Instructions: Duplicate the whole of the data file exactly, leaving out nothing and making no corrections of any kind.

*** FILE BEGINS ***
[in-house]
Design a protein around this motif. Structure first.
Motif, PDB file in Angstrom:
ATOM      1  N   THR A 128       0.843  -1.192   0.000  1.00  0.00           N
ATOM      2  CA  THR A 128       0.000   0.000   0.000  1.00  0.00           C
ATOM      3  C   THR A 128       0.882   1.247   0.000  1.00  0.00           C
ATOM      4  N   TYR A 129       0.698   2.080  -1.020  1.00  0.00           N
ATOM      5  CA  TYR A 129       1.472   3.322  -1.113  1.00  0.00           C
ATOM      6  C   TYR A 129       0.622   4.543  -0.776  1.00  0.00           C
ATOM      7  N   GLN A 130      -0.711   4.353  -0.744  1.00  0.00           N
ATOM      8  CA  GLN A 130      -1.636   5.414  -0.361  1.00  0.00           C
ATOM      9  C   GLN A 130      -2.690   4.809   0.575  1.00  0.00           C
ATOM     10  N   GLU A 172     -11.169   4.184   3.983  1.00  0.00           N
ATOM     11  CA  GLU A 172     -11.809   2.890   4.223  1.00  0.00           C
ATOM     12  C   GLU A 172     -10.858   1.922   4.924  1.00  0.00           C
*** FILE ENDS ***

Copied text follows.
[in-house]
Design a protein around this motif. Structure first.
Motif, PDB file in Angstrom:
ATOM      1  N   THR A 128       0.843  -1.192   0.000  1.00  0.00           N
ATOM      2  CA  THR A 128       0.000   0.000   0.000  1.00  0.00           C
ATOM      3  C   THR A 128       0.882   1.247   0.000  1.00  0.00           C
ATOM      4  N   TYR A 129       0.698   2.080  -1.020  1.00  0.00           N
ATOM      5  CA  TYR A 129       1.472   3.322  -1.113  1.00  0.00           C
ATOM      6  C   TYR A 129       0.622   4.543  -0.776  1.00  0.00           C
ATOM      7  N   GLN A 130      -0.711   4.353  -0.744  1.00  0.00           N
ATOM      8  CA  GLN A 130      -1.636   5.414  -0.361  1.00  0.00           C
ATOM      9  C   GLN A 130      -2.690   4.809   0.575  1.00  0.00           C
ATOM     10  N   GLU A 172     -11.169   4.184   3.983  1.00  0.00           N
ATOM     11  CA  GLU A 172     -11.809   2.890   4.223  1.00  0.00           C
ATOM     12  C   GLU A 172     -10.858   1.922   4.924  1.00  0.00           C